Today’s ID the Future continues A Mousetrap for Darwin author Michael Behe’s conversation with philosopher Pat Flynn, focused on some of the more substantive objections to Behe’s case for intelligent design in biology. In this segment the pair discuss the bacterial flagellum, the cilium, and the blood clotting cascade, and tackle critiques from Alvin Plantinga, Graham Oppy, Russell Doolittle, Kenneth Miller, and others. This interview is posted here by permission of Pat Flynn.
On today’s ID the Future, Lehigh University biologist Michael Behe argues that Darwinism was built on a foundation of ignorance. Through no fault of Darwin’s, neither he nor anyone else in his day had a clue about the nature of cellular life and biological information, says Behe. Even the biologists of the Neo-Darwinian synthesis in the first half of the twentieth century were fairly clueless about the foundation of life, Behe says. When researchers did finally begin to unravel the sophisticated foundations of life, earlier notions of how evolutionary processes might have invented the great diversity of life forms on earth were exposed as causally inadequate. Behe says that in fact all the attempts to rescue the idea of mindless Read More ›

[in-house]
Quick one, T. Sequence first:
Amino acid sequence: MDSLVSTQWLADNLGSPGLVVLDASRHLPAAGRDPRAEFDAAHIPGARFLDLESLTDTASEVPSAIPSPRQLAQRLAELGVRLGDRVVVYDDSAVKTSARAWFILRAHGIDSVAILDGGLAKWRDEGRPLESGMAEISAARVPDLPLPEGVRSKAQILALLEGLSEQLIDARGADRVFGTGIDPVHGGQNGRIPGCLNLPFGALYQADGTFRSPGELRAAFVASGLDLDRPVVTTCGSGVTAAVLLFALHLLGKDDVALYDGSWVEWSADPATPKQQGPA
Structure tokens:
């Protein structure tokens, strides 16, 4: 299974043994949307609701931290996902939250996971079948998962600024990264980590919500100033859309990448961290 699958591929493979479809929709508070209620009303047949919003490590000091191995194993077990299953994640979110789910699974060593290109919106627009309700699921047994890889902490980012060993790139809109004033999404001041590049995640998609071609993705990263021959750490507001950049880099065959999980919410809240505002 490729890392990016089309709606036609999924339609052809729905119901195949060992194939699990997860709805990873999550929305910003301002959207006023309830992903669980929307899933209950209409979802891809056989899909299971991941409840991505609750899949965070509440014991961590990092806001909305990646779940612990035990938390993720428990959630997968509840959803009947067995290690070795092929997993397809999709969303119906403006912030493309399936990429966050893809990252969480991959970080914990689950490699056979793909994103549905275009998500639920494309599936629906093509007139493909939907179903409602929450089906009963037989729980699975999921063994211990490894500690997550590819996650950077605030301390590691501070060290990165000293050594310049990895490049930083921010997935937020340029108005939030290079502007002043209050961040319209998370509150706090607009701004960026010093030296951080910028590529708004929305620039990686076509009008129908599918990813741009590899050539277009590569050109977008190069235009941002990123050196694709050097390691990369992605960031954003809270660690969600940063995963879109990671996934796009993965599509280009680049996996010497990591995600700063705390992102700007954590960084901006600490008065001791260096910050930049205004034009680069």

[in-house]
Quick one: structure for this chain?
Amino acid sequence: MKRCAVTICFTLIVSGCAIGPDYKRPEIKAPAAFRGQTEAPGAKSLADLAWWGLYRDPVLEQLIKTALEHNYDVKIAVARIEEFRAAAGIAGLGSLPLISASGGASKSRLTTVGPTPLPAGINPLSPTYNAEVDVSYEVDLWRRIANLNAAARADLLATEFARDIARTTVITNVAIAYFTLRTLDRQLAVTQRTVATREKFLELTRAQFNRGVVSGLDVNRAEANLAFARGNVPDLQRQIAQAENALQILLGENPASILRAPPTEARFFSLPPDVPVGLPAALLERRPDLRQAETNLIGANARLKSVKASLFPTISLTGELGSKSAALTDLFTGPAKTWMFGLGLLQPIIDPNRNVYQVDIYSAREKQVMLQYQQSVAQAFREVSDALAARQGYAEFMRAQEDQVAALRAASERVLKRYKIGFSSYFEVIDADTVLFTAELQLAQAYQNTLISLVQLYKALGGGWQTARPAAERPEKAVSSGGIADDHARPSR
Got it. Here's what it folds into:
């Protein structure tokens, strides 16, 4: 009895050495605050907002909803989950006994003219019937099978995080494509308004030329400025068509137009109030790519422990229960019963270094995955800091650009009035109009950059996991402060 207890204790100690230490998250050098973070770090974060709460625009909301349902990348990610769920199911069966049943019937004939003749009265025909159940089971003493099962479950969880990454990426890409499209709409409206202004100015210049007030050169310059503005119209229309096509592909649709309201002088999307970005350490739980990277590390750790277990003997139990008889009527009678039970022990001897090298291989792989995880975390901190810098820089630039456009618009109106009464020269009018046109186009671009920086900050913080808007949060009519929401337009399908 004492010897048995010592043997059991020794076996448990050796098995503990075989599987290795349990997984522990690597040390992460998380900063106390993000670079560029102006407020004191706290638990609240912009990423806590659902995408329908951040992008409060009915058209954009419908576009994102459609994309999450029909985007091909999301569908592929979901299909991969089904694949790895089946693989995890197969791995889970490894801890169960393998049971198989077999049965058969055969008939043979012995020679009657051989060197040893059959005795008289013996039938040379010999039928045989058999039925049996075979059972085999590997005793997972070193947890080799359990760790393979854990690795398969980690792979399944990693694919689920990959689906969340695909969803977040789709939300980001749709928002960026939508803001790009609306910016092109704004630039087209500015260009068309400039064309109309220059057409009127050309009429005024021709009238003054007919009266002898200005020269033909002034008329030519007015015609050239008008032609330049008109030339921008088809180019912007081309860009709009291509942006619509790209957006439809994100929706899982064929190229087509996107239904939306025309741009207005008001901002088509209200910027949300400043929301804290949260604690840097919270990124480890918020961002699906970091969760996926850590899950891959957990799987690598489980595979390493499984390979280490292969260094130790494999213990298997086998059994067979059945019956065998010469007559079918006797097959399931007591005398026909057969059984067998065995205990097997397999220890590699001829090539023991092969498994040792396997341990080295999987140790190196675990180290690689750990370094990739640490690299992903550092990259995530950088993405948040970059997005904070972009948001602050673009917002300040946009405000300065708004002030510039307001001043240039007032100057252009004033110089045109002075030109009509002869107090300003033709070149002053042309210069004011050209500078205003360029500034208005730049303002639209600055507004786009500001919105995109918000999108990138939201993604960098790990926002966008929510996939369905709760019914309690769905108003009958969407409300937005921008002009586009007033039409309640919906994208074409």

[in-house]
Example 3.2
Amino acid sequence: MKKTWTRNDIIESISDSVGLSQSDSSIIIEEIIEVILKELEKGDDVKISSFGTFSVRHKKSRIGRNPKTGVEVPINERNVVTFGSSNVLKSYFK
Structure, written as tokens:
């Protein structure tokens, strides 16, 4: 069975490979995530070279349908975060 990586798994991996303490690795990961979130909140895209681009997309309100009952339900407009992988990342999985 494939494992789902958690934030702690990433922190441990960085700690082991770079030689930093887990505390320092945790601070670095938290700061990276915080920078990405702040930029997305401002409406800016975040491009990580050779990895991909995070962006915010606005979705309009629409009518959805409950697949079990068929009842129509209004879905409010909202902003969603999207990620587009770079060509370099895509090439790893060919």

Today’s ID the Future features an excerpt from the Michael Medved Show spotlighting intelligent design proponent Michael Behe. The two Michaels do a quick flyover of Behe’s hard-hitting new book, A Mousetrap for Darwin: Michael Behe Answers His Critics. Along the way they discuss some random mutations often touted as proof of evolution’s power, including some found in dogs. On closer inspection, this dog of an argument for evolution won’t hunt. Tune in to hear Behe’s lucid explanation.
On this ID the Future, Michael Behe responds to the attacks on … his mousetrap. Behe used the common mousetrap to illustrate the idea of irreducible complexity, showing how various mechanical contrivances need all of their main parts to function, and to show how irreducible complexity poses a major challenge to Darwinism’s idea of gradual, step-by-step evolution of some biological machines. Most of the attacks on Behe’s argument have focused on the irreducibly complex biological systems he spotlighted, such as the outboard motor known as the bacterial flagellum. But some of his critics fixated on the mousetrap itself, and argued that the mousetrap wasn’t actually irreducibly complex. Behe rebuts these counterarguments and explains why he’s convinced they fail. The discussion Read More ›